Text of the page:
Open Source vs. Custom Build – Which is Better? A guide to choosing between Open Source and Custom Built Solutions
Small and mid-size businesses face the same dilemma when building a new website: should we build a website from scratch or use an open source CMS solution, such as Joomla, WordPress, Drupal. Which is better? Which is cheaper? Which will cause less development pain? Which will best turn my ideas into reality? And, ultimately, which will deliver the best ROI?
Building a website from scratch is a great way to get all the bells and whistles you need just the way you want them. Custom built solutions are very flexible. You determine the look-and-feel, the functionality, the tools, the engagement mechanisms, the administrative interface, the reports and the integrations with 3rd party software, such as CRM tools (Customer Relationship Management), marketing optimization tools and the like. However, all that flexibility comes with a cost. The cost can be high, especially if you do not take the time to plan. Then there is the issue of hiring the right developer or development team who understands your vision, your needs and is completely capable of bringing the project to completion on time, on budget, and up to specs.
The alternative, is generally seen as less expensive: use a CMS (content management software) platform. CMS platforms can be either “free” open source, such as Joomla, WordPress and Drupal, or be a paid solution, such as Sitefinity and Sitecore, or even be an industry-specific service that provides most of what you need for companies in your specific industry. For this post, I’ll concentrate on the open source platforms since they have grown so popular.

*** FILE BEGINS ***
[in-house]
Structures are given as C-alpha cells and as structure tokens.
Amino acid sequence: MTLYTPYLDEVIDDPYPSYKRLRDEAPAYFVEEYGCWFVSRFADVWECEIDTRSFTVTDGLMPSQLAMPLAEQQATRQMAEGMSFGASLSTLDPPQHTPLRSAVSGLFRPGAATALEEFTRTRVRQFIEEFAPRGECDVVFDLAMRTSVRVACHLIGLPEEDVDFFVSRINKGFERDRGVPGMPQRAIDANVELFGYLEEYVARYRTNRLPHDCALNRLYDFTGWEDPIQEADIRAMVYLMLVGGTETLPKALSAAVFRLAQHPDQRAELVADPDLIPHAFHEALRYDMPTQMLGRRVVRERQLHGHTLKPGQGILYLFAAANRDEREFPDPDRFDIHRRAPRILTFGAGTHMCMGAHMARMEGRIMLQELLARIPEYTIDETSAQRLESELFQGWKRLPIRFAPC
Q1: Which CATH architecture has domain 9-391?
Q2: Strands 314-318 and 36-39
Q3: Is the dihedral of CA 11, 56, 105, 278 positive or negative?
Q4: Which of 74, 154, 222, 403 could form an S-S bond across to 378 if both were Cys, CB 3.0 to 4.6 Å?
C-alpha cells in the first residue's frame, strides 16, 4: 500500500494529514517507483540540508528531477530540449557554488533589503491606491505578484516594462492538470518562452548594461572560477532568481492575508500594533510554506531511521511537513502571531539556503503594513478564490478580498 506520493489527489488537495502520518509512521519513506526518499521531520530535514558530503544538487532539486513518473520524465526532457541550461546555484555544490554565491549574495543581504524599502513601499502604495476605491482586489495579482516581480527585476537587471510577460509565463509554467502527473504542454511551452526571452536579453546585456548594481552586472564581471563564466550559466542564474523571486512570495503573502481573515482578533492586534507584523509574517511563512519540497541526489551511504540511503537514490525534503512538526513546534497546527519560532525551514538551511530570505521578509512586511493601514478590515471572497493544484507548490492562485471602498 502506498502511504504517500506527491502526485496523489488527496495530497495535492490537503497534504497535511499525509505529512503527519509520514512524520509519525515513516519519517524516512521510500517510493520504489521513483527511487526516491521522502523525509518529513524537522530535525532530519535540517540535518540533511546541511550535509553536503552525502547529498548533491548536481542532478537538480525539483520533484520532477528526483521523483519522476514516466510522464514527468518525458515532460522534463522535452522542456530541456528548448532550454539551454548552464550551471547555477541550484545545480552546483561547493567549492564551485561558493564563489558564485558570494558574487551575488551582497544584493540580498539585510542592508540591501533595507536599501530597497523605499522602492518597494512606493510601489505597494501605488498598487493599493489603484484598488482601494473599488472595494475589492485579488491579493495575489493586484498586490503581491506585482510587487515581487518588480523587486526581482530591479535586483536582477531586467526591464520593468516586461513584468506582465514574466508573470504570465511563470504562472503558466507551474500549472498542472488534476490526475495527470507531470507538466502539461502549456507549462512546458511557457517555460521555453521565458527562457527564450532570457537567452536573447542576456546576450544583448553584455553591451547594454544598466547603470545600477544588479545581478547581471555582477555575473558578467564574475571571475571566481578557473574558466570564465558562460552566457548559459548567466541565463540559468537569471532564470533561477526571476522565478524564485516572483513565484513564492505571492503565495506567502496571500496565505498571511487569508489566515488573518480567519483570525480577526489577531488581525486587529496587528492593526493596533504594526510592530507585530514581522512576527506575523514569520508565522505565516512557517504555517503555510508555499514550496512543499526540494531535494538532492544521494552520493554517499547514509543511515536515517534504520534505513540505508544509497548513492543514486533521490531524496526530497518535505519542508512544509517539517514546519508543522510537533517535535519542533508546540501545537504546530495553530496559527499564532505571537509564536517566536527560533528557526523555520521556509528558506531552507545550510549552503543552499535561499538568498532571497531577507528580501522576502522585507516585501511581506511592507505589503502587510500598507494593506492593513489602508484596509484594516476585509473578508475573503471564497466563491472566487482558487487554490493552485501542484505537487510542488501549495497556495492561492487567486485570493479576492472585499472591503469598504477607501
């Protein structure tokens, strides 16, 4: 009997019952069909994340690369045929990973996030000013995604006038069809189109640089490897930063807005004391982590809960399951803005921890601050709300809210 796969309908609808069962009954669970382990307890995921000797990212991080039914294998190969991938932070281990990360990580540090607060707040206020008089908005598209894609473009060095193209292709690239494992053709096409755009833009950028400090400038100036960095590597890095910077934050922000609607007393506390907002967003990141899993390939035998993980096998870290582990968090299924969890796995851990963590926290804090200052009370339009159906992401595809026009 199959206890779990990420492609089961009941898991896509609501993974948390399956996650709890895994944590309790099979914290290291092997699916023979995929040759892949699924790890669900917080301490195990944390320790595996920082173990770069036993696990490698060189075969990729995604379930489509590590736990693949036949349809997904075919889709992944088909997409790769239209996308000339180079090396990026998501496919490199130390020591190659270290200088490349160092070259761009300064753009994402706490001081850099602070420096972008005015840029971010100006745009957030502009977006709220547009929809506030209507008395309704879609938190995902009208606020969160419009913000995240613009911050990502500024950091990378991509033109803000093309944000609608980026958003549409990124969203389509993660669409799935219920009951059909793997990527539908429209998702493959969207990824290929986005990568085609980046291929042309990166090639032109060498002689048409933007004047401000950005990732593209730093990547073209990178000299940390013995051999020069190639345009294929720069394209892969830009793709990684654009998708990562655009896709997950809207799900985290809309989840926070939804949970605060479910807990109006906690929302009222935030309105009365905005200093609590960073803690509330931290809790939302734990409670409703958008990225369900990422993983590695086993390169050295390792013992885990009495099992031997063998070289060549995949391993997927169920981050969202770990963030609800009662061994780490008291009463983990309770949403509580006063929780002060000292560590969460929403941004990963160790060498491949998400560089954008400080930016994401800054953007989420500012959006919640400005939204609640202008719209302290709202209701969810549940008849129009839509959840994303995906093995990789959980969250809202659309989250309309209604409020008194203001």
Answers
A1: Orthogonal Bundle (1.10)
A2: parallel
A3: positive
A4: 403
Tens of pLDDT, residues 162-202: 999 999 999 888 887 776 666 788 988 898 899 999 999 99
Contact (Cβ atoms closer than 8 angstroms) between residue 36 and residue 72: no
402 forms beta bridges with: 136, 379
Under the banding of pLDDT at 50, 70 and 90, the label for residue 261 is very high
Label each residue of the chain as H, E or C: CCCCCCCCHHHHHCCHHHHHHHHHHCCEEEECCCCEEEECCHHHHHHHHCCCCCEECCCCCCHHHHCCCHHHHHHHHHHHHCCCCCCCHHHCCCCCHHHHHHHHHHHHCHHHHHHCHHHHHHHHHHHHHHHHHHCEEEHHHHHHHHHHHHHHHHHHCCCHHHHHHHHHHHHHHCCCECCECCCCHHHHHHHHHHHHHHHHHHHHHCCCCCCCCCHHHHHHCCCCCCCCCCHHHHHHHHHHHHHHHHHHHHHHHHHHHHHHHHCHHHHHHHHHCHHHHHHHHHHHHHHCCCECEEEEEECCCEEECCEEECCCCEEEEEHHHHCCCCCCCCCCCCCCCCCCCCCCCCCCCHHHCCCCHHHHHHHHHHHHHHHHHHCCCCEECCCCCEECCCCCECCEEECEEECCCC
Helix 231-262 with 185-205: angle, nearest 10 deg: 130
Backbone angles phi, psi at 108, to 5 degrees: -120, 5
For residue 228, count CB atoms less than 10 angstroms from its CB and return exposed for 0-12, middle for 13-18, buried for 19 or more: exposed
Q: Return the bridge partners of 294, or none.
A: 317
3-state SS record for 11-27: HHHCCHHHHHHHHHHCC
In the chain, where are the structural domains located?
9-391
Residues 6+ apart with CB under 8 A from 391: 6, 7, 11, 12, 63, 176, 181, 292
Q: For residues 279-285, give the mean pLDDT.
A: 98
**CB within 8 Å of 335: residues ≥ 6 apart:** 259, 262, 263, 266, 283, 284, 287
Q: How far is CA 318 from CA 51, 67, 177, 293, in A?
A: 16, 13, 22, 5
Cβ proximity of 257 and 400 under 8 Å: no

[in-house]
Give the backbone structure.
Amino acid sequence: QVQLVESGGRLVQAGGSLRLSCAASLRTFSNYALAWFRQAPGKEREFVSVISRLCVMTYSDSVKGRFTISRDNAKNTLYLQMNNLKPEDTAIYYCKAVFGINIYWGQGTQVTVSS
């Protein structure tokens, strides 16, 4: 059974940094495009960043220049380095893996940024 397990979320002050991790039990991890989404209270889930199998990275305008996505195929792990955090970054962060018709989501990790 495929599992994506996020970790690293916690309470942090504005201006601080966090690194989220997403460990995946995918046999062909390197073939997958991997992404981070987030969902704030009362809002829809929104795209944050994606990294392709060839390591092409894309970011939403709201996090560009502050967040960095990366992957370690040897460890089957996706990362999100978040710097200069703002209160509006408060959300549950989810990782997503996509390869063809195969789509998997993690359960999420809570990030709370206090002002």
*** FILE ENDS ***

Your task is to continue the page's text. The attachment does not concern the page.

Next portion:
At first glance open source software products provide a lot of functionality, and provide it free. The core of the CMS functionality is that it allows non-technical users to add pages and content easily. This is very compelling to any company who has had to pay for every content update and it also addresses the demand for lots of frequent site updates. In truth, open source dramatically lowers the costs for these tasks by bringing them inside your organization.
However, today’s web demands increasing sophistication and sexy functionality. We expect it because we see the top sites using carousels, light box effects and more. But the core functionality of open source lies in the CMS, not in the specific functions your site design will surely require and that, in my experience, is where the cost and complexity lies.